Culinaria: JP McMahon on clever kale

There are many different types of kale

Cavolo nero gives great taste and texture to many simple dishes

Cavolo nero gives great taste and texture to many simple dishes

 

Once upon a time, a very long time ago, February was the last month of the calendar year. Its name comes from the Latin for purification. I suppose it was a time when you would clean up your soul before the coming spring. But this was only in the Roman world.

Up north, nearer us, the Anglo-Saxon settlers of Great Britain referred to February as Kale-monath, or Cabbage-month.

There are many different types of kale. One of my favourites is cavolo nero (black kale). It’s slightly more delicate than common curly kale and it is prized for its unusual embossed texture.

Cavolo nero came out of Italian kitchens in the 18th century and is much lauded in Italian cuisine, especially in Tuscany, where it is simply called Tuscan kale.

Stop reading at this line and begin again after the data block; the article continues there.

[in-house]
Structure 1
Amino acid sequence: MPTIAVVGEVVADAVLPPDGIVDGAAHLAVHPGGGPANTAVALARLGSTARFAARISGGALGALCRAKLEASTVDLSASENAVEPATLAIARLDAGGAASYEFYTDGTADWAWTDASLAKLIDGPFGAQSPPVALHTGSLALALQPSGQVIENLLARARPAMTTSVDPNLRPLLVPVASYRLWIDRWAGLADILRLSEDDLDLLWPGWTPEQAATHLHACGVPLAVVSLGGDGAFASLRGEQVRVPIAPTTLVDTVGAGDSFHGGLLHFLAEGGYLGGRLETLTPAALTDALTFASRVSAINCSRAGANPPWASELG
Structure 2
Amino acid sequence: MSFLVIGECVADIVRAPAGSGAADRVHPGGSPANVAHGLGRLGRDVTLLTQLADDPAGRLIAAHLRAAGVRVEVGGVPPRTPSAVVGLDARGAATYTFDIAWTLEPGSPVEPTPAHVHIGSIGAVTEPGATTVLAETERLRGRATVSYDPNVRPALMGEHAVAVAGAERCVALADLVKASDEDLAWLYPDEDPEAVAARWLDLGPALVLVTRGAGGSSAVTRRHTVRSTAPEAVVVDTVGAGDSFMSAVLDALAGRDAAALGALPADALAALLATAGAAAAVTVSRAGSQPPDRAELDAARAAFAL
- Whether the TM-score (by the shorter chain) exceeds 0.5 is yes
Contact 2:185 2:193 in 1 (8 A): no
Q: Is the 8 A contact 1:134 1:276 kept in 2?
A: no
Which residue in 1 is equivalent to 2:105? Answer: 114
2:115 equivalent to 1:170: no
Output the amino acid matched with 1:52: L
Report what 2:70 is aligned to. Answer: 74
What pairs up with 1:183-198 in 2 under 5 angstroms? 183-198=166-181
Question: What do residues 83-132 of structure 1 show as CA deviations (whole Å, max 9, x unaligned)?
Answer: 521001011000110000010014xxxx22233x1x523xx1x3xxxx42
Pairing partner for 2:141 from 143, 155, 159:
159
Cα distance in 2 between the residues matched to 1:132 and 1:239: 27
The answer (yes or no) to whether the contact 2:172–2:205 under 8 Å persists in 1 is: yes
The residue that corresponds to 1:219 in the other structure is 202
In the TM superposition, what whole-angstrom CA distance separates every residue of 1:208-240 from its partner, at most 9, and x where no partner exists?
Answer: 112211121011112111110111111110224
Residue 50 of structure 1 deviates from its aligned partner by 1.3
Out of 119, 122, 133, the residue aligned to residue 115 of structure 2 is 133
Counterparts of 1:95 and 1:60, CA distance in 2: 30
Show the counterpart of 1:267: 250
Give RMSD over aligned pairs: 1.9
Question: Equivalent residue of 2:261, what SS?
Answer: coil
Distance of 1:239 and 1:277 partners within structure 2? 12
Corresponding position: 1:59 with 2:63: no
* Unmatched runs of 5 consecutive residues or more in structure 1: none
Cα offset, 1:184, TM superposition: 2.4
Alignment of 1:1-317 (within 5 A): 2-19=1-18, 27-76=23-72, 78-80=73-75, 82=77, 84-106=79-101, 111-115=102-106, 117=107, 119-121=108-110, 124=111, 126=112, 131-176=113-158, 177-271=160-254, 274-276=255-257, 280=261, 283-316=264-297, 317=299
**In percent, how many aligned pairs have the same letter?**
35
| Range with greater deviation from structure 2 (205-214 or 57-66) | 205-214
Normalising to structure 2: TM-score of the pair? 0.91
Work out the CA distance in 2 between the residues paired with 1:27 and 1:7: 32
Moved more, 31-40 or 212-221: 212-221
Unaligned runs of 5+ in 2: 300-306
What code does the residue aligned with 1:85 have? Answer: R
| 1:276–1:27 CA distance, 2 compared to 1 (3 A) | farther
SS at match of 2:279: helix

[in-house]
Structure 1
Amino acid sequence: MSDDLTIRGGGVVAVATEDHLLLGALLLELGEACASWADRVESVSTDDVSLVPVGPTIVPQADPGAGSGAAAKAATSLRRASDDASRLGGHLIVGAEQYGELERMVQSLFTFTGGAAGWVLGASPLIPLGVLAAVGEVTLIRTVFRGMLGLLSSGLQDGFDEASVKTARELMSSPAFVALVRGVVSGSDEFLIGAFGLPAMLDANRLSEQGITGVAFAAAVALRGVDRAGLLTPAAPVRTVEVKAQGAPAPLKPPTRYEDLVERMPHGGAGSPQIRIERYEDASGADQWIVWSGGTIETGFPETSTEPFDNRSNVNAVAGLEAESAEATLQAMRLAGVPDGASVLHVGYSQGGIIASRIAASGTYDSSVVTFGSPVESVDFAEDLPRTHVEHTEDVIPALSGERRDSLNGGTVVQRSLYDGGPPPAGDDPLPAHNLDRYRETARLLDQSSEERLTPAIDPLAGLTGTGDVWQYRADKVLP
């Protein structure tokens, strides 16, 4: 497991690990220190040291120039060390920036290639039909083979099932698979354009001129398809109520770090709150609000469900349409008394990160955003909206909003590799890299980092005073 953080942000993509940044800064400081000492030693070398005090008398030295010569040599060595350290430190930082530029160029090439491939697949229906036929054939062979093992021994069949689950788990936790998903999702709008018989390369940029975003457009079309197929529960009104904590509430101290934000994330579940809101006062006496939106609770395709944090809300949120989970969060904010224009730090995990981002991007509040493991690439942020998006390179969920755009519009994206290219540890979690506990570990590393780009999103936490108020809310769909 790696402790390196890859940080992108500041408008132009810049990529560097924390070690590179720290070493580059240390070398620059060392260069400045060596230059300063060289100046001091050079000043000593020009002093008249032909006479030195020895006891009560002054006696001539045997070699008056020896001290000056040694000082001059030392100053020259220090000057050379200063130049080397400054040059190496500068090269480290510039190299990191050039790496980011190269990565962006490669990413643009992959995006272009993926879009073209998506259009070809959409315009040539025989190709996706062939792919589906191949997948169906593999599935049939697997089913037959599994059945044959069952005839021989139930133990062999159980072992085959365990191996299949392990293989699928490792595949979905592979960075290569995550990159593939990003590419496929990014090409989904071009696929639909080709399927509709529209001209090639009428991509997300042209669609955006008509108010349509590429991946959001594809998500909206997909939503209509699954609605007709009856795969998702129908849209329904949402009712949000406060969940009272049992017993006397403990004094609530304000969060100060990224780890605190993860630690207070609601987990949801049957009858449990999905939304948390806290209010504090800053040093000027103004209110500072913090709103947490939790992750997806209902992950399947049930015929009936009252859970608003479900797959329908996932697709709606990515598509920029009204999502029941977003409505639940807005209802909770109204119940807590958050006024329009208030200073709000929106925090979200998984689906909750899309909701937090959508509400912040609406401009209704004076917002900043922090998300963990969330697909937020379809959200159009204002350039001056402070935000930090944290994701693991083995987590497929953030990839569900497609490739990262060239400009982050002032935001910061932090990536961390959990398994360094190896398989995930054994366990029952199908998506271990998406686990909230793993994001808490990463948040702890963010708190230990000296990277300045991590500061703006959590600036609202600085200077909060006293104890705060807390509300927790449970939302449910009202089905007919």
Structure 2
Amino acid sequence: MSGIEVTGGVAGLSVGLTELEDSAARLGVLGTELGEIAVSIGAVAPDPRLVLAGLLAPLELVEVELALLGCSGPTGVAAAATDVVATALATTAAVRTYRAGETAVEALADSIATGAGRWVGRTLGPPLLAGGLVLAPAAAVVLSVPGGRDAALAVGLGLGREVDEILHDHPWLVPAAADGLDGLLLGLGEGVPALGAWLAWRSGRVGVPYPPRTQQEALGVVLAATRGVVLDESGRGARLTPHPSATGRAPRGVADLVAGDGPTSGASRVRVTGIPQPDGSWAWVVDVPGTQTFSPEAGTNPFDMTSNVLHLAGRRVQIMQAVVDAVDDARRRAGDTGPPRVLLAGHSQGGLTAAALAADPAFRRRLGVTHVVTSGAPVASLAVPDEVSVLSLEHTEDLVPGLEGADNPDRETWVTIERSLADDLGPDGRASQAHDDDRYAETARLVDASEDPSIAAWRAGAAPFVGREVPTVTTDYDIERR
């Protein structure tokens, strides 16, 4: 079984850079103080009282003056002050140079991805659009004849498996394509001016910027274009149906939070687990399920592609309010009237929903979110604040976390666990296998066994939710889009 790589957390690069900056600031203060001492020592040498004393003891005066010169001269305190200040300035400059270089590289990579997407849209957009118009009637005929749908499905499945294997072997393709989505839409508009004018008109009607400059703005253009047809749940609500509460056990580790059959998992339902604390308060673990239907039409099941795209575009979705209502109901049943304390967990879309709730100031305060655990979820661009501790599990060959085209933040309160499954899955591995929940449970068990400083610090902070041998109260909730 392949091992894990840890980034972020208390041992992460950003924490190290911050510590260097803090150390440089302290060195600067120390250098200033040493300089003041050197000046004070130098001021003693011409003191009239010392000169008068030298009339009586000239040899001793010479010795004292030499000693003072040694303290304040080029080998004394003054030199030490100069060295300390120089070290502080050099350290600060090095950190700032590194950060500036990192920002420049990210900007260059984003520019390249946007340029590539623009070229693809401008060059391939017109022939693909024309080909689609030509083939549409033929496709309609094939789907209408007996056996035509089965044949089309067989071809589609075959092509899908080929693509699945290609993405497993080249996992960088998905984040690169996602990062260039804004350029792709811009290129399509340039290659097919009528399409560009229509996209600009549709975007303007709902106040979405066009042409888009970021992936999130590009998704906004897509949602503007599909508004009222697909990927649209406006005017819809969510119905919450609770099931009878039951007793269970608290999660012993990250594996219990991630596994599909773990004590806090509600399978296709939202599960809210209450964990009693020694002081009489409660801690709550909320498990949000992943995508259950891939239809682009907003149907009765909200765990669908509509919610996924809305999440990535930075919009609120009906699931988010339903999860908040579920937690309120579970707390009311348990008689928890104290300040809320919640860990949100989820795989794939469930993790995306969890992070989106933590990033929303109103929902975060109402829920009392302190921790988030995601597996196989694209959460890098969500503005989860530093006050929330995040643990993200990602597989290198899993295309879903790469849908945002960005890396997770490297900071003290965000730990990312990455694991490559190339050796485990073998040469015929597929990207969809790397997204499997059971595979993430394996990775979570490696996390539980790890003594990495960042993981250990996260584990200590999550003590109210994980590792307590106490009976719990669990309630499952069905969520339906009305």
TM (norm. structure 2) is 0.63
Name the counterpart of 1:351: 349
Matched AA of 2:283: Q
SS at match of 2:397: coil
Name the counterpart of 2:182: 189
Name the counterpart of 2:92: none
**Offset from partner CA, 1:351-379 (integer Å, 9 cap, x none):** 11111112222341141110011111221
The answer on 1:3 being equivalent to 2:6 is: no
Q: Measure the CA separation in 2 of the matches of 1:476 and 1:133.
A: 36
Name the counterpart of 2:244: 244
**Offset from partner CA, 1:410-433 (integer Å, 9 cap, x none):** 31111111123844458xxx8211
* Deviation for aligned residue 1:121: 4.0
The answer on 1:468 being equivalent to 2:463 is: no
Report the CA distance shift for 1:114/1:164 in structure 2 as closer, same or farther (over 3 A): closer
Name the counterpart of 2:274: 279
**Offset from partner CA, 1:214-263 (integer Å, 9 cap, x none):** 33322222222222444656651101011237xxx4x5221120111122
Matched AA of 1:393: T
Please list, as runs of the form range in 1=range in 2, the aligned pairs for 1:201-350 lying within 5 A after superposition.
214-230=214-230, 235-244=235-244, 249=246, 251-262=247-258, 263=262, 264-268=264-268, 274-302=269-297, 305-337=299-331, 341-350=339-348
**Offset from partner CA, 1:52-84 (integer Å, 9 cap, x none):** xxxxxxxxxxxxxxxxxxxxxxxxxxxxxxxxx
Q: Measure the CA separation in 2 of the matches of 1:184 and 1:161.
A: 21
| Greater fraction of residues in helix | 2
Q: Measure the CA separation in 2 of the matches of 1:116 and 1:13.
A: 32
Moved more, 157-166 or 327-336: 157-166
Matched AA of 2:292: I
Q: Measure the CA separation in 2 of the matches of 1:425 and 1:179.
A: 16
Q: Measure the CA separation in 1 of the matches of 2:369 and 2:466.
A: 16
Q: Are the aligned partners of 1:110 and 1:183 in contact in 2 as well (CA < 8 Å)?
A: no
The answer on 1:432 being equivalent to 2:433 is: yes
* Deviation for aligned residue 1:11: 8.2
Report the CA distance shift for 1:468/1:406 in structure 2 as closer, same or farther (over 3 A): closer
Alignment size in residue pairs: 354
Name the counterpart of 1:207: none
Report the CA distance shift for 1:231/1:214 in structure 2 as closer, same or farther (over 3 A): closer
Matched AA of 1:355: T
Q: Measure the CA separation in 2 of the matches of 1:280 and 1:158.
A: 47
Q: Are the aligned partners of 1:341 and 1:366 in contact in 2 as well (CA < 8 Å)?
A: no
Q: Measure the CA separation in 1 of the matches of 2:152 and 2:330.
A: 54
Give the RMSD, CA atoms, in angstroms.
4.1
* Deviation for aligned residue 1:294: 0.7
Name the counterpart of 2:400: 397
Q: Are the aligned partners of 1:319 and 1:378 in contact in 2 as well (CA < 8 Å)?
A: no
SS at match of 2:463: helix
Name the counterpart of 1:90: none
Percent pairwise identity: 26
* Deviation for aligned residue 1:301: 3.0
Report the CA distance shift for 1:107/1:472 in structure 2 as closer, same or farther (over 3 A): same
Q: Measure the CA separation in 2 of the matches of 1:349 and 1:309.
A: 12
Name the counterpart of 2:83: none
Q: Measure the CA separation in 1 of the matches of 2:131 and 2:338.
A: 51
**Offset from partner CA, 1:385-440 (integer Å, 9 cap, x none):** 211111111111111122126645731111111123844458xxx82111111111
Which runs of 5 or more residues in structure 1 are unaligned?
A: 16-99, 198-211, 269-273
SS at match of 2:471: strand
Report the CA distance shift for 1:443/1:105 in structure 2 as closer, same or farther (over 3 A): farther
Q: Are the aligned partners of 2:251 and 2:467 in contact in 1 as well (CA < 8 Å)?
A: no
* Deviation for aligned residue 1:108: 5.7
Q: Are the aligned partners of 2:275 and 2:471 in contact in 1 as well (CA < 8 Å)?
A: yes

Further away, cavolo nero was listed among the plants American president Thomas Jefferson recorded growing in his garden at Monticello, Virginia, in 1777.

The resurgence of cavolo nero in the modern world is often attributed to the famous London restaurant The River Café, run by chefs Ruth Rogers and the late Rose Gray. The brassica featured heavily in their first River Café Cookbook (1996).

Cavolo nero gives great taste and texture to many simple dishes. In the classic Tuscan soup, it is combined with white beans, bread and olive oil.

This is essentially a rustic dish that would have used up stale bread. If you have cooked white beans, and some old bread, it is very easy to put together quickly. Fry some onions and garlic in a pot and cover with vegetable stock. Add some chunks of old bread and some white beans and bring to the boil. Season to taste and blend. Blanch some cavolo nero briefly in boiling water and divide into a few bowls.

Ladle the soup over the kale and drizzle with some extra virgin olive oil.

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